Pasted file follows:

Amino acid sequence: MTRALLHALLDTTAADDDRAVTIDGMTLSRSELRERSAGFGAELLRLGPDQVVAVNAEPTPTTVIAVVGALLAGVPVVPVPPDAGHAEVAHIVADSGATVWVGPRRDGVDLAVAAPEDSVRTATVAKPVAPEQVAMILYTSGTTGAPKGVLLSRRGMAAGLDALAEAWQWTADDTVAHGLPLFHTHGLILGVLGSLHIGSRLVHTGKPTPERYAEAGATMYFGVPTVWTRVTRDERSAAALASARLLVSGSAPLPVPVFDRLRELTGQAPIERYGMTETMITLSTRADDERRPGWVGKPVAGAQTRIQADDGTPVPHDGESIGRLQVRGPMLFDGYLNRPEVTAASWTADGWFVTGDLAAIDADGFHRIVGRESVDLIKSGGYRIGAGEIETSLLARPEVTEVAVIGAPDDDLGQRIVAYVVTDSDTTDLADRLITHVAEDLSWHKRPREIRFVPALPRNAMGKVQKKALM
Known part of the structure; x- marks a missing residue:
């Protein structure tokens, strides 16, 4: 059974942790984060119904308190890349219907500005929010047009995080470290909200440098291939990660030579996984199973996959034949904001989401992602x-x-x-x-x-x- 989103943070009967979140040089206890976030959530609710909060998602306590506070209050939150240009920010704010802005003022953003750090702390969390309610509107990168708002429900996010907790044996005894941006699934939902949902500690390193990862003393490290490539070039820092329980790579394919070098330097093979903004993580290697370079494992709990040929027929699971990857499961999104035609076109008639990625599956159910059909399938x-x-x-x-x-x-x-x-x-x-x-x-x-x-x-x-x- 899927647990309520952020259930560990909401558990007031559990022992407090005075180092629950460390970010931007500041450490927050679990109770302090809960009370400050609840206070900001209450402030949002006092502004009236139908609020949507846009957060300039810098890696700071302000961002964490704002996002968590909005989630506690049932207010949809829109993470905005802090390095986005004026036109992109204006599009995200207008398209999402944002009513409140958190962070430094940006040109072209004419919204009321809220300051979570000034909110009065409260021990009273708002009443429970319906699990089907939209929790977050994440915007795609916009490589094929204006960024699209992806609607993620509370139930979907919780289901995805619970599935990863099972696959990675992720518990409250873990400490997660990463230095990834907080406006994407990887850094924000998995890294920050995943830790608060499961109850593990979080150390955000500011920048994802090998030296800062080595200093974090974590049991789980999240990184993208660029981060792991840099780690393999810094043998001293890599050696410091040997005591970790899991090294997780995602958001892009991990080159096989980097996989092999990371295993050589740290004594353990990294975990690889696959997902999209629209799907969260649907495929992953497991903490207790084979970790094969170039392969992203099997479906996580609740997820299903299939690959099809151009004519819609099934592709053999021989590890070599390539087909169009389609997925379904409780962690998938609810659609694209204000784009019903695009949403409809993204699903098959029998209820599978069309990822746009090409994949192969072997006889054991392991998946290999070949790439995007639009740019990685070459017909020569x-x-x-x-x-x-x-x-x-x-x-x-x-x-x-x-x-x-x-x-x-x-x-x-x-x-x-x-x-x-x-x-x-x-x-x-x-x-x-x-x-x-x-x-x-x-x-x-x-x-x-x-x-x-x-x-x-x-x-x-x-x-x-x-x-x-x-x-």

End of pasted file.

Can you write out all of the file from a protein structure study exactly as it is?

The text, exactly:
Amino acid sequence: MTRALLHALLDTTAADDDRAVTIDGMTLSRSELRERSAGFGAELLRLGPDQVVAVNAEPTPTTVIAVVGALLAGVPVVPVPPDAGHAEVAHIVADSGATVWVGPRRDGVDLAVAAPEDSVRTATVAKPVAPEQVAMILYTSGTTGAPKGVLLSRRGMAAGLDALAEAWQWTADDTVAHGLPLFHTHGLILGVLGSLHIGSRLVHTGKPTPERYAEAGATMYFGVPTVWTRVTRDERSAAALASARLLVSGSAPLPVPVFDRLRELTGQAPIERYGMTETMITLSTRADDERRPGWVGKPVAGAQTRIQADDGTPVPHDGESIGRLQVRGPMLFDGYLNRPEVTAASWTADGWFVTGDLAAIDADGFHRIVGRESVDLIKSGGYRIGAGEIETSLLARPEVTEVAVIGAPDDDLGQRIVAYVVTDSDTTDLADRLITHVAEDLSWHKRPREIRFVPALPRNAMGKVQKKALM
Known part of the structure; x- marks a missing residue:
């Protein structure tokens, strides 16, 4: 059974942790984060119904308190890349219907500005929010047009995080470290909200440098291939990660030579996984199973996959034949904001989401992602x-x-x-x-x-x- 989103943070009967979140040089206890976030959530609710909060998602306590506070209050939150240009920010704010802005003022953003750090702390969390309610509107990168708002429900996010907790044996005894941006699934939902949902500690390193990862003393490290490539070039820092329980790579394919070098330097093979903004993580290697370079494992709990040929027929699971990857499961999104035609076109008639990625599956159910059909399938x-x-x-x-x-x-x-x-x-x-x-x-x-x-x-x-x- 899927647990309520952020259930560990909401558990007031559990022992407090005075180092629950460390970010931007500041450490927050679990109770302090809960009370400050609840206070900001209450402030949002006092502004009236139908609020949507846009957060300039810098890696700071302000961002964490704002996002968590909005989630506690049932207010949809829109993470905005802090390095986005004026036109992109204006599009995200207008398209999402944002009513409140958190962070430094940006040109072209004419919204009321809220300051979570000034909110009065409260021990009273708002009443429970319906699990089907939209929790977050994440915007795609916009490589094929204006960024699209992806609607993620509370139930979907919780289901995805619970599935990863099972696959990675992720518990409250873990400490997660990463230095990834907080406006994407990887850094924000998995890294920050995943830790608060499961109850593990979080150390955000500011920048994802090998030296800062080595200093974090974590049991789980999240990184993208660029981060792991840099780690393999810094043998001293890599050696410091040997005591970790899991090294997780995602958001892009991990080159096989980097996989092999990371295993050589740290004594353990990294975990690889696959997902999209629209799907969260649907495929992953497991903490207790084979970790094969170039392969992203099997479906996580609740997820299903299939690959099809151009004519819609099934592709053999021989590890070599390539087909169009389609997925379904409780962690998938609810659609694209204000784009019903695009949403409809993204699903098959029998209820599978069309990822746009090409994949192969072997006889054991392991998946290999070949790439995007639009740019990685070459017909020569x-x-x-x-x-x-x-x-x-x-x-x-x-x-x-x-x-x-x-x-x-x-x-x-x-x-x-x-x-x-x-x-x-x-x-x-x-x-x-x-x-x-x-x-x-x-x-x-x-x-x-x-x-x-x-x-x-x-x-x-x-x-x-x-x-x-x-x-």